21st September 1941

Occupation resister Winifred Green was deported

Many people win medals for bravery during wartime. Sadly, Winifred Green was not one of them, although she probably should have done.

With her children, John and Patricia, evacuated to Glasgow, Winifred took at job at the Royal Hotel in St Peter Port. She had started there just before the occupation and couldn’t have known that doing so would put her directly up against the Germans.

When the first troops landed at Guernsey Airport they were taken to the hotel to meet the Bailiff. Once the occupation began in earnest, they made the hotel their initial base of operations.

Winifred’s retort

One of Winifred’s colleagues was an ardent supporter of Hitler. He would often greet her, or finish a conversation, with Heil Hitler. Not willing to put up with it, Winifred would reply with Heil Churchill – a phrase that later became her nickname.

She might have been able to carry on doing this right through the war if it hadn’t been for an outburst over a rice pudding. When her colleague offered her some, only on the condition that she – Winifred – said Heil Hitler, Winifred told him to stuff it: “To hell with Hitler for a rice pudding”.

German solders arrested her a few days later and tried her for “anti-German information”. She admitted what she’d said and was sentenced, on 13 September 1941, to six months’ custody. She had not been allowed a defence representative at the trial.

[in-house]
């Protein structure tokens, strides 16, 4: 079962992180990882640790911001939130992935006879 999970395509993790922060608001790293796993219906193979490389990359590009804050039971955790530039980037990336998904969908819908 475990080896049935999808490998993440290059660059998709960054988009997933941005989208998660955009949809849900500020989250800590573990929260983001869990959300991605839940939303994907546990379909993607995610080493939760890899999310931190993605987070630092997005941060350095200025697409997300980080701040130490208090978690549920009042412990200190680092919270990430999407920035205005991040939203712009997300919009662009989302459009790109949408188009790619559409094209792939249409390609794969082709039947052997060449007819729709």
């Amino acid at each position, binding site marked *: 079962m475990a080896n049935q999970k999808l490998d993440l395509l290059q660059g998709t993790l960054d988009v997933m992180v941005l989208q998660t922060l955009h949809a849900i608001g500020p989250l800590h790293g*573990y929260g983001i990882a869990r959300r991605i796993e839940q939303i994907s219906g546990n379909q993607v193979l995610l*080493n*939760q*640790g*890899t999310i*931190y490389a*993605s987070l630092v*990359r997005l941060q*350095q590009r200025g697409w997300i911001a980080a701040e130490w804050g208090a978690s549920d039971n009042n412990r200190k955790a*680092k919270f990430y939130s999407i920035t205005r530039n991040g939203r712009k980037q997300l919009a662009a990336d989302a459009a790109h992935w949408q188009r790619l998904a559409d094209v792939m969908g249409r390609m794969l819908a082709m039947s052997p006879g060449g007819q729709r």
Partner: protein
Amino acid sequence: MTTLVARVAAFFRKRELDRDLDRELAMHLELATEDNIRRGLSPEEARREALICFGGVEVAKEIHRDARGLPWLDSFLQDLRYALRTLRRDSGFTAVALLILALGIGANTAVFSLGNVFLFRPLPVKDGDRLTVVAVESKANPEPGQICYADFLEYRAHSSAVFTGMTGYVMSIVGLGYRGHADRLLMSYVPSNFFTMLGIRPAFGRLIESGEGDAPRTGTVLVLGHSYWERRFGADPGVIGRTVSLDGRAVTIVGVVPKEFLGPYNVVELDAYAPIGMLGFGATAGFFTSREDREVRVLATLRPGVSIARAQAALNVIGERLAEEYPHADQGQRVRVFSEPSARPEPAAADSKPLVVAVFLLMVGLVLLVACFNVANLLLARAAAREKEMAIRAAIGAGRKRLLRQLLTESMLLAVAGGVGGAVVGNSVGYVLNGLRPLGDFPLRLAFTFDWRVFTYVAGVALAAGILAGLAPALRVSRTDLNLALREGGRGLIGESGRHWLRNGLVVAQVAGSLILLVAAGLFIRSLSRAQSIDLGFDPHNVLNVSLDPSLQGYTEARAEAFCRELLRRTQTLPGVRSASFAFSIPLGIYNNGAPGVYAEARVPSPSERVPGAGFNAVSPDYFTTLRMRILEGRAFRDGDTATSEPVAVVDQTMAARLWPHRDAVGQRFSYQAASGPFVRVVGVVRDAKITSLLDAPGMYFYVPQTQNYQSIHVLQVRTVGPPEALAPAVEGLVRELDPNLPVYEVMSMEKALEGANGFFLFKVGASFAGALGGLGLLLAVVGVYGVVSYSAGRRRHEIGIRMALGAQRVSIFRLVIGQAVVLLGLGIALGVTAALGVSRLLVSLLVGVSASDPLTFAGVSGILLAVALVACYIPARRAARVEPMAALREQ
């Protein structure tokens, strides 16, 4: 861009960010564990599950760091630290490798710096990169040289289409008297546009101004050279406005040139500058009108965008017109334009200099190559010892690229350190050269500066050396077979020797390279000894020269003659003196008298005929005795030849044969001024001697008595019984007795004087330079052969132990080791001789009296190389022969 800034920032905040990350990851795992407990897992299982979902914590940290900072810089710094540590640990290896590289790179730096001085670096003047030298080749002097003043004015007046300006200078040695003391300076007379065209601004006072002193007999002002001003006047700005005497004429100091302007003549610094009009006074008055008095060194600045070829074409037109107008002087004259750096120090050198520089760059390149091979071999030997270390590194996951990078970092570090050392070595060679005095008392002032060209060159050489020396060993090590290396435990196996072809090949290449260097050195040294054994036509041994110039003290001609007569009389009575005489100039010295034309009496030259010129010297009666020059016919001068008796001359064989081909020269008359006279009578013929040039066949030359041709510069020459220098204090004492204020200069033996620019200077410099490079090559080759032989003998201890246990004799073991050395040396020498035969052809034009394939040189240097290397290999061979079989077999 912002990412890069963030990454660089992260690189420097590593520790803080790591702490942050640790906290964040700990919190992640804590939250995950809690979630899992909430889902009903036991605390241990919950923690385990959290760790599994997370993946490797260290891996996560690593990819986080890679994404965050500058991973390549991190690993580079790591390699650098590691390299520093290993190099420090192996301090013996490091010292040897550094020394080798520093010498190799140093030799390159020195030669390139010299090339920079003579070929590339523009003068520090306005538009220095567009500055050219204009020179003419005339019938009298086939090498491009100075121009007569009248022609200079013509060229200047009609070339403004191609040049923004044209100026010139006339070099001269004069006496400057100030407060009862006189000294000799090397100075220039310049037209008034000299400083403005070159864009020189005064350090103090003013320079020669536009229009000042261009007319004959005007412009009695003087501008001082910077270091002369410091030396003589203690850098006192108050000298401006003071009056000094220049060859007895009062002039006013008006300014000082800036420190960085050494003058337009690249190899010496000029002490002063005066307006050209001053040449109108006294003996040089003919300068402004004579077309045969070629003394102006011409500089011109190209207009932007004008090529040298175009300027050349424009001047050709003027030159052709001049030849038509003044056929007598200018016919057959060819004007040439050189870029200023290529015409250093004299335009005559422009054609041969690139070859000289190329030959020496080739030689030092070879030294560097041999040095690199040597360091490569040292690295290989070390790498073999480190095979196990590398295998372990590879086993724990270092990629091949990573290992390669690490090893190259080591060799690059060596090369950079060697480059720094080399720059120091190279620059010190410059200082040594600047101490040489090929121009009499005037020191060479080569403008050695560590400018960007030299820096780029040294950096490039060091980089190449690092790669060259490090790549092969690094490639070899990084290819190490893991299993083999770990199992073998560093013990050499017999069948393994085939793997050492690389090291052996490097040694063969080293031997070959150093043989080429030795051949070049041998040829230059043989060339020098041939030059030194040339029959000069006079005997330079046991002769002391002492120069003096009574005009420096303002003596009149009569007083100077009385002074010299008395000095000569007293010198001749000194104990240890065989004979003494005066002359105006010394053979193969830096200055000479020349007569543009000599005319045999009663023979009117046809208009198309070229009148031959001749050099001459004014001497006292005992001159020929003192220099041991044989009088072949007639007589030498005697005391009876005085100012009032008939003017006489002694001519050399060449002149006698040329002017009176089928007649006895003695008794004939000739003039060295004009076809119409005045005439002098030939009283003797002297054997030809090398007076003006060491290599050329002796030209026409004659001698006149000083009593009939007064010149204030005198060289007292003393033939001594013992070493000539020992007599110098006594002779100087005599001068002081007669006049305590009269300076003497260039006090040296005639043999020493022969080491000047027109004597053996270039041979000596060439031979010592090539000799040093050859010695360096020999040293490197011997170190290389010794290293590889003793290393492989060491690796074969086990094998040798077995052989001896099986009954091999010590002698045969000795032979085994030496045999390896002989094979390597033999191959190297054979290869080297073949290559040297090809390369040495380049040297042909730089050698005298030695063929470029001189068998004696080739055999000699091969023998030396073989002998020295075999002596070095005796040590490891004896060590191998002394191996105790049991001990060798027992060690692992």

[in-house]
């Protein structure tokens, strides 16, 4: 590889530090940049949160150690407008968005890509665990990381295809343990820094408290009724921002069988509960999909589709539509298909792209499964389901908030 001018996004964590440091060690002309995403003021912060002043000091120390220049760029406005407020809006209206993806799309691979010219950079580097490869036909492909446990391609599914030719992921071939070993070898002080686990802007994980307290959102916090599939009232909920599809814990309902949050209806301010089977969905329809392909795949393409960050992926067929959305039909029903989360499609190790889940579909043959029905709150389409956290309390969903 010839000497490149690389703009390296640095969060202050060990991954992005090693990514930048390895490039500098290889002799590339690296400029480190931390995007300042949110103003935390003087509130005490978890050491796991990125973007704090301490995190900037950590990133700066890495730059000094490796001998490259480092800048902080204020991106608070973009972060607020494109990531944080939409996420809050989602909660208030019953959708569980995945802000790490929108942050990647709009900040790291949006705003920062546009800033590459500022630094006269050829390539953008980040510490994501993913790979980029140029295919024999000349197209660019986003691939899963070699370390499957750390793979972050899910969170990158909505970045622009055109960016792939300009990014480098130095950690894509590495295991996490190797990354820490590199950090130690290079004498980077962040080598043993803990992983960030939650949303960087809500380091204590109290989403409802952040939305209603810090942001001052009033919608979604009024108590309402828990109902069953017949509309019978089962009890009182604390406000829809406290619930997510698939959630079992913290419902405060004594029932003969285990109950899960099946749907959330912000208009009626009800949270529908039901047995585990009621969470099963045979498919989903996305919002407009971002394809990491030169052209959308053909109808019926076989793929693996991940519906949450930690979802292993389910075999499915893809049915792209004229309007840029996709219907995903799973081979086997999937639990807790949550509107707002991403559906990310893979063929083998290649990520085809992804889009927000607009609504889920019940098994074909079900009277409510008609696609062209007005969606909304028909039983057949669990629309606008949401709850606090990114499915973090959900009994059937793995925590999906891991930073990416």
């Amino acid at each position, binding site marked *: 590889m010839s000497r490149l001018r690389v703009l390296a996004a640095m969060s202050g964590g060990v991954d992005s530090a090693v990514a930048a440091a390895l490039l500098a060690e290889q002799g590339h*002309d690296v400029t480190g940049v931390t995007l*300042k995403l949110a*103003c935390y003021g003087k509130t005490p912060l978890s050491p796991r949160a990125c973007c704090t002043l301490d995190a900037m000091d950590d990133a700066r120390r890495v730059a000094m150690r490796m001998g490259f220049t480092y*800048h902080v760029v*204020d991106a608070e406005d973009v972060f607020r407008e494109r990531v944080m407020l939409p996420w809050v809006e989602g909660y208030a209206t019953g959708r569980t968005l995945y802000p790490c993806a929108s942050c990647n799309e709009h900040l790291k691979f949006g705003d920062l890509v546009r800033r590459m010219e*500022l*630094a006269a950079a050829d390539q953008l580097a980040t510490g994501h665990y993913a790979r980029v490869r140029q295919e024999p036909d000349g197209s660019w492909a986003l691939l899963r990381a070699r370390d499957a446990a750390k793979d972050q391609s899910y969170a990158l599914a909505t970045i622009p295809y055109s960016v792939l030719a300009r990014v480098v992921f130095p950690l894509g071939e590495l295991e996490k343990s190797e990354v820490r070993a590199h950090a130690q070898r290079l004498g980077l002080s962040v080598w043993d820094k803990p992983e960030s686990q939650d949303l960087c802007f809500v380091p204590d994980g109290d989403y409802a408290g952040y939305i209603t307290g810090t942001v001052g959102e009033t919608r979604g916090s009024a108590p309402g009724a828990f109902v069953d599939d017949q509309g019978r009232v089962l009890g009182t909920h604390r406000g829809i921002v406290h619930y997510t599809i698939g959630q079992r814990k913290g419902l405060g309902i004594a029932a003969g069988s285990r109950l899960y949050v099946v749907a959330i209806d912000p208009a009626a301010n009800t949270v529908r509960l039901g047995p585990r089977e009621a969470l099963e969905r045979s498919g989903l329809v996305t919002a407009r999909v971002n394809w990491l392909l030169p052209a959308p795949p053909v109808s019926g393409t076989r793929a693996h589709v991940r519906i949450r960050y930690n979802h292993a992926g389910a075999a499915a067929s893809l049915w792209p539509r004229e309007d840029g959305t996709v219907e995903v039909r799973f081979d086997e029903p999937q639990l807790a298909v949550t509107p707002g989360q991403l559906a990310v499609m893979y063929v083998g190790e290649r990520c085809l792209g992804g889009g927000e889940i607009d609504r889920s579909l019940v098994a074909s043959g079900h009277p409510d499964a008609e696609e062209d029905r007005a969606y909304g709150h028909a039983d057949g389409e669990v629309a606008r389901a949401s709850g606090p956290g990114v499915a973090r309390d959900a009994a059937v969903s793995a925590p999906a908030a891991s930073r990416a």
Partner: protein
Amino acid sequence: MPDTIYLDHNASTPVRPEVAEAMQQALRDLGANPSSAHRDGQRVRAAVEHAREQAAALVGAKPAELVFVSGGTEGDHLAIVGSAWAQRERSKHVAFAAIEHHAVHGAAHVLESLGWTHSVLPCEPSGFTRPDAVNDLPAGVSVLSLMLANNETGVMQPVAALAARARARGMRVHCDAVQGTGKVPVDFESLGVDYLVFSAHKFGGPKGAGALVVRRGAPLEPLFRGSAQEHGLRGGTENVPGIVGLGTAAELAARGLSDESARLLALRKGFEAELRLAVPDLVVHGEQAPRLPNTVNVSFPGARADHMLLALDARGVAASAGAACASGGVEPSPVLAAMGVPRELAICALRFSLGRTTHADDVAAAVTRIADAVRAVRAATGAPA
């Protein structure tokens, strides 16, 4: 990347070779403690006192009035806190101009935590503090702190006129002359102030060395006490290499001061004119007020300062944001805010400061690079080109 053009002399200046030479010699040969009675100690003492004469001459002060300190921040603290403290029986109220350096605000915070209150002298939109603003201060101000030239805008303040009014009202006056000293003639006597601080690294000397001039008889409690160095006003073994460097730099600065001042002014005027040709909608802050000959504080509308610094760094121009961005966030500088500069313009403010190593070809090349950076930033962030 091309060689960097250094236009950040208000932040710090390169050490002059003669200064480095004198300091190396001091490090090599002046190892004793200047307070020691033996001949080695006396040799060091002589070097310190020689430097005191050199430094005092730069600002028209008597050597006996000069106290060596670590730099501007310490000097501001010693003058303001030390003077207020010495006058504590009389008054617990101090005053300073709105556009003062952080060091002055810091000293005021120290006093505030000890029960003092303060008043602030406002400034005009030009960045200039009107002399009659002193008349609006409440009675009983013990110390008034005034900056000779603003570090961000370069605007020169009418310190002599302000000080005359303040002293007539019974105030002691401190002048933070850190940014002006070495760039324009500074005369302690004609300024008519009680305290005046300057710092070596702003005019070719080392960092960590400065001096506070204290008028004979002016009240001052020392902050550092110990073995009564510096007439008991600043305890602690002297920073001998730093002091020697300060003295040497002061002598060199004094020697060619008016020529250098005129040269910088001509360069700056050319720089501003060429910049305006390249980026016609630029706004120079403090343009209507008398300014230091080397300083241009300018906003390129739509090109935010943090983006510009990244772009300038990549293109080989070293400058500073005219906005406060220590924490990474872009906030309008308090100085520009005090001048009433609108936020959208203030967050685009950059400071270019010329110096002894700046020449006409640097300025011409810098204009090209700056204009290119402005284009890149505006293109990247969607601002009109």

After a week or two (accounts vary) in Guernsey prison, she was sent to Granville prison, and then moved to Caen Prison.

Indomitable spirit

Although there are accounts of her finding prison life difficult, incarceration seems not to have dulled Winifred’s spirit. She tore away part of her prison blanket and embroidered it “Heil Churchill; RAF; Caen Prison 1941”. When she was released, she sewed this into the lining of her coat and smuggled it back to Guernsey.

A story in the Newcastle Evening Chronicle of 15 May 1945 claims that the chef who is suspected of reporting her was Swiss. He was apparently later caught stealing by the Germans and sentenced to three and a half years in Mannheim prison.


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Other events that occured in September

Channel Television took to the air 1st
A Guernseyman cycled to Herm 2nd
Brecqhou was put up for sale 3rd
Renoir arrived on Guernsey to paint 4th
Ship sinks in St Sampson harbour 5th
The melon king died… long live the melon king 6th
Coronavirus returns to Guernsey 7th
HD Ferries makes its last crossing
6th Battalion of the Royal Irish Regiment fought at the Somme 8th
Guernsey number plate sold for £240,000 9th
Guernsey hosted the second Island Games 10th
Major Guernsey employer Tektronix went public 11th
Guernsey was struck by a hurricane 12th
Schoolboys and teacher went missing off Sark 13th
Guernsey holidaymakers head home itching 14th
The title Baron de Saumarez was created 15th
Missing girl, Jetta, was found on Guernsey 16th
Archaeologists found a porpoise grave 17th
An Islander aircraft crashed in Guernsey 18th
Guernsey commando Hubert Nicolle died 19th
Guernsey and Jersey considered merging 20th
Occupation resister Winifred Green was deported 21st
The Devil’s Rock had its opening night 22nd
The Duke of Connaught visited Guernsey 23rd
Former bailiff Daniel de Lisle Brock died 24th
Occupation president Ambrose Sherwill died 25th
Trudy, Guernsey’s biggest ever import, was installed 26th
“Let em starve,” said Churchill 27th
A Guernsey planning dispute headed to Europe 28th
Herm tenant Major Peter Wood died 29th
Spotlight was broadcast for the first time 30th